What Harry Houdini, the Quintessential Escape Artist, Declined to Escape

Houdini’s was the prototypically self-made American tale. But even while turning himself into the world’s greatest breaker of constraints, he remained a proudly identified Jew.

A poster for a performance of Harry Houdini’s in the late 19th-century. Alamy.

A poster for a performance of Harry Houdini’s in the late 19th-century. Alamy.

Observation
March 17 2020
About the author

Michal Leibowitz is a Krauthammer fellow at the Jewish Review of Books.


“My birth occurred April 6, 1874, in the small town of Appleton in the state of Wisconsin, U.S.A,” wrote Harry Houdini in an autobiographical essay for the Magical Annual of 1910. The sentence is revealing not in its facts—Houdini was actually born on March 24, 1874 in Budapest, Austria-Hungary—but because its falsehoods illustrate the difficulty of attempting a biography of a man who spent his career showing the public only what he wanted it to see.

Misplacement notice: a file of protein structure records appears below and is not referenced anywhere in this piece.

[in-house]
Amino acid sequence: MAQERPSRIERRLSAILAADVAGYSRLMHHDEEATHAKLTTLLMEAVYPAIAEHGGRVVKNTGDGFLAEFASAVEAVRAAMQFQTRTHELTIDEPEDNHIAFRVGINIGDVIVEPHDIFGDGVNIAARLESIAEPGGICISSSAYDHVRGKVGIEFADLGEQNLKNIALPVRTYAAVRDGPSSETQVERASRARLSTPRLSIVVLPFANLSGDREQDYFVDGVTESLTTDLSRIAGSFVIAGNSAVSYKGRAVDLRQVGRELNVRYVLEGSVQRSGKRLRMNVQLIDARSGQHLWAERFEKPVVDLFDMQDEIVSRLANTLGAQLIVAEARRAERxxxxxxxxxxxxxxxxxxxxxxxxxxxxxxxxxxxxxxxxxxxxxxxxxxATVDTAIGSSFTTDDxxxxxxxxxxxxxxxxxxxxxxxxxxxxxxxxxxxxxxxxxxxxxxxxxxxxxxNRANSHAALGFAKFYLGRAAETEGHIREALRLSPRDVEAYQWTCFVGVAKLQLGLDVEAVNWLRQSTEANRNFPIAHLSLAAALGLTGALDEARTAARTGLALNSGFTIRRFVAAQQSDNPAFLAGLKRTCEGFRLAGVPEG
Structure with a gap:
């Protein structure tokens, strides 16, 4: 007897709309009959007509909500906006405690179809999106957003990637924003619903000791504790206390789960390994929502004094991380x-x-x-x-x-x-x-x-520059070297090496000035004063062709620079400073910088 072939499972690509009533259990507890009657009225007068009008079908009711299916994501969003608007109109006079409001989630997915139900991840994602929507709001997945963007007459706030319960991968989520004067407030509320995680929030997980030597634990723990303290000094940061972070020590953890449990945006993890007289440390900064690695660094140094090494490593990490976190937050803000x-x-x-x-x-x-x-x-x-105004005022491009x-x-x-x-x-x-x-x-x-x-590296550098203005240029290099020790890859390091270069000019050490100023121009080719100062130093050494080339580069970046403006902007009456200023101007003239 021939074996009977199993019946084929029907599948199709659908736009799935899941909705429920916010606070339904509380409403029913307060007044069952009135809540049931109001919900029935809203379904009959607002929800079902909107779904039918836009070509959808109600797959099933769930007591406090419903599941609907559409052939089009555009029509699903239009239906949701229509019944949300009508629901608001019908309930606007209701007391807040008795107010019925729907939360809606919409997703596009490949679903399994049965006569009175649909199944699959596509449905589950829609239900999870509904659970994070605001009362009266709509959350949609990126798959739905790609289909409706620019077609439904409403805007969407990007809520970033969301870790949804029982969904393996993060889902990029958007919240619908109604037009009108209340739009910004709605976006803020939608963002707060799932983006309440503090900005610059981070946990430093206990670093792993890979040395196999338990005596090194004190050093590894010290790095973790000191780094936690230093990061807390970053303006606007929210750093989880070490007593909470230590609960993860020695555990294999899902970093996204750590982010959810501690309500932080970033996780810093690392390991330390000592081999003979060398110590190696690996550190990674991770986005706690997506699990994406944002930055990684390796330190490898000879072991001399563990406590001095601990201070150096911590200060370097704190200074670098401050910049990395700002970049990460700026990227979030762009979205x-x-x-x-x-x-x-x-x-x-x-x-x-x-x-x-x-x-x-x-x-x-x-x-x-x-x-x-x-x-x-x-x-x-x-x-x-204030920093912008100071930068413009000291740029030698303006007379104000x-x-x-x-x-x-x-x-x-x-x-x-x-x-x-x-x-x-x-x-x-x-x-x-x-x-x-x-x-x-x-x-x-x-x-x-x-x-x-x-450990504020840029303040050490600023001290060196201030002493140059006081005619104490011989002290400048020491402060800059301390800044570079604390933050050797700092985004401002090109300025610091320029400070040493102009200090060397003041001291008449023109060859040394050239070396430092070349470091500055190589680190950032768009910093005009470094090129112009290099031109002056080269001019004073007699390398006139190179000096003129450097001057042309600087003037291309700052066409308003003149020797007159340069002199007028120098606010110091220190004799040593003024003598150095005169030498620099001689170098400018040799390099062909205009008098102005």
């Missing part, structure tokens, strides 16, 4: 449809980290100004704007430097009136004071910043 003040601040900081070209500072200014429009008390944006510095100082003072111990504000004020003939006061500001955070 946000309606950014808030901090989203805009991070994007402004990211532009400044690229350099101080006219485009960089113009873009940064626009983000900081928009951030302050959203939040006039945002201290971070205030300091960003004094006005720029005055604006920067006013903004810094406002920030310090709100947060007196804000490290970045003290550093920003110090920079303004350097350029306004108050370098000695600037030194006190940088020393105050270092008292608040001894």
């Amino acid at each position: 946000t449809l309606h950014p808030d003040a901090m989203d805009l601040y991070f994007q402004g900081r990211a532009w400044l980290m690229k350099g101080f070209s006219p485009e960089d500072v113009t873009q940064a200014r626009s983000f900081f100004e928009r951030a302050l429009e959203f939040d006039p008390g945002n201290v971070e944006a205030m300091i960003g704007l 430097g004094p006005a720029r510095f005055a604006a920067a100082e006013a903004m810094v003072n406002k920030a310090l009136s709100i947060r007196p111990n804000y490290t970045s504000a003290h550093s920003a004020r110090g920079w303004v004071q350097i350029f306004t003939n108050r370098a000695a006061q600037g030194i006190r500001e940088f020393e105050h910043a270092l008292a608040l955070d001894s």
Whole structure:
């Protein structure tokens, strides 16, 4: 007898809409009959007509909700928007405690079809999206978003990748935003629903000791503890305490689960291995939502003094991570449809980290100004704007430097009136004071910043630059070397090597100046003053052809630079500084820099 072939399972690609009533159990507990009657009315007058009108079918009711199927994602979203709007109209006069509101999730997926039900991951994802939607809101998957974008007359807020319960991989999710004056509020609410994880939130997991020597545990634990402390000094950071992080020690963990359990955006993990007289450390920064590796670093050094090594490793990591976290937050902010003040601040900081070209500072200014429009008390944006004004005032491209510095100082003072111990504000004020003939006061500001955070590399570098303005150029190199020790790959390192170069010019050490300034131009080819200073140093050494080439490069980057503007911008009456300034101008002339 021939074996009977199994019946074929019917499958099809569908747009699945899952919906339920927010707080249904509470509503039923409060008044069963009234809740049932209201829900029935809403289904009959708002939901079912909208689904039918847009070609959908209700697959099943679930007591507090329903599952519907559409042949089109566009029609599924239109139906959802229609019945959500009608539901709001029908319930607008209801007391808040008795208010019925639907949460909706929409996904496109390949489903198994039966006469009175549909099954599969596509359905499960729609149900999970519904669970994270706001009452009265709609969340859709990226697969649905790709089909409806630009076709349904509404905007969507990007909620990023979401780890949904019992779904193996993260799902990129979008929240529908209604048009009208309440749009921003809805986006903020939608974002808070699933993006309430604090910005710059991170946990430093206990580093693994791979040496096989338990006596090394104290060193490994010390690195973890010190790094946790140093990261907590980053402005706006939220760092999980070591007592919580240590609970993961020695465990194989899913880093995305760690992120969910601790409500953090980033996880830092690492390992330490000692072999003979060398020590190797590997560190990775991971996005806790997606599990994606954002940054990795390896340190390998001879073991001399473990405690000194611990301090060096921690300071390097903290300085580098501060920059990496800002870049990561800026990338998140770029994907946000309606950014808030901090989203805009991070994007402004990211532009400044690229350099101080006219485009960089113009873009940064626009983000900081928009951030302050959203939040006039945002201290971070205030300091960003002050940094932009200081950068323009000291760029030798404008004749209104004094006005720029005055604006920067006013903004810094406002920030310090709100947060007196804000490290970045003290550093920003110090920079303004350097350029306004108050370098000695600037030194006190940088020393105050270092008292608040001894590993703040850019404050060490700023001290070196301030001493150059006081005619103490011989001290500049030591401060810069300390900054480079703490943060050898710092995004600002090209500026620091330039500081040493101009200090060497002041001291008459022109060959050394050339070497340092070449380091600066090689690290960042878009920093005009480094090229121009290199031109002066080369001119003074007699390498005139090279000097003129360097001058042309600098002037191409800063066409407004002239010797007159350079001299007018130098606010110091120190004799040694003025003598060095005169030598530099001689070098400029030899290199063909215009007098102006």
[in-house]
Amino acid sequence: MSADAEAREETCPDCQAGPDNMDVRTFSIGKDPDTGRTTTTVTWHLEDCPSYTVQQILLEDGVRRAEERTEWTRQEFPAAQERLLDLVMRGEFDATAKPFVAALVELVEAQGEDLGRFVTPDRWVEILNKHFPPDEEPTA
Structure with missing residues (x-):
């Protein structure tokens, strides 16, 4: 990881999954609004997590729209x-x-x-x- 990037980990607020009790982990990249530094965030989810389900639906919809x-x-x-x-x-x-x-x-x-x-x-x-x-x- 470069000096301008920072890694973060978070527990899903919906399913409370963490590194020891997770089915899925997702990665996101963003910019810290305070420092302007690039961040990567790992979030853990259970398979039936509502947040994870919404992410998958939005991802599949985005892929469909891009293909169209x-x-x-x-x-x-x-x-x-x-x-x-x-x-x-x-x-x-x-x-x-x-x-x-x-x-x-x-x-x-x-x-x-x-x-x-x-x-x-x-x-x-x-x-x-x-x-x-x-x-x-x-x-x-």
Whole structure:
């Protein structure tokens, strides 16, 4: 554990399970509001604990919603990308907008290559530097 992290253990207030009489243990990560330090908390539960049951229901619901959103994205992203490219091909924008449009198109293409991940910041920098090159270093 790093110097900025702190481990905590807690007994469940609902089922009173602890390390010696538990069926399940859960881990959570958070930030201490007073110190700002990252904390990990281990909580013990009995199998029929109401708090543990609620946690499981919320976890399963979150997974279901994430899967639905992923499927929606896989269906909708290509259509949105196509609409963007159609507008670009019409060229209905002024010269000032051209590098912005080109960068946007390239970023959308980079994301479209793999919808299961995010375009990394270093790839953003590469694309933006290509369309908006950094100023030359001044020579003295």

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More about: American Jews, Arts & Culture, Harry Houdini, Magic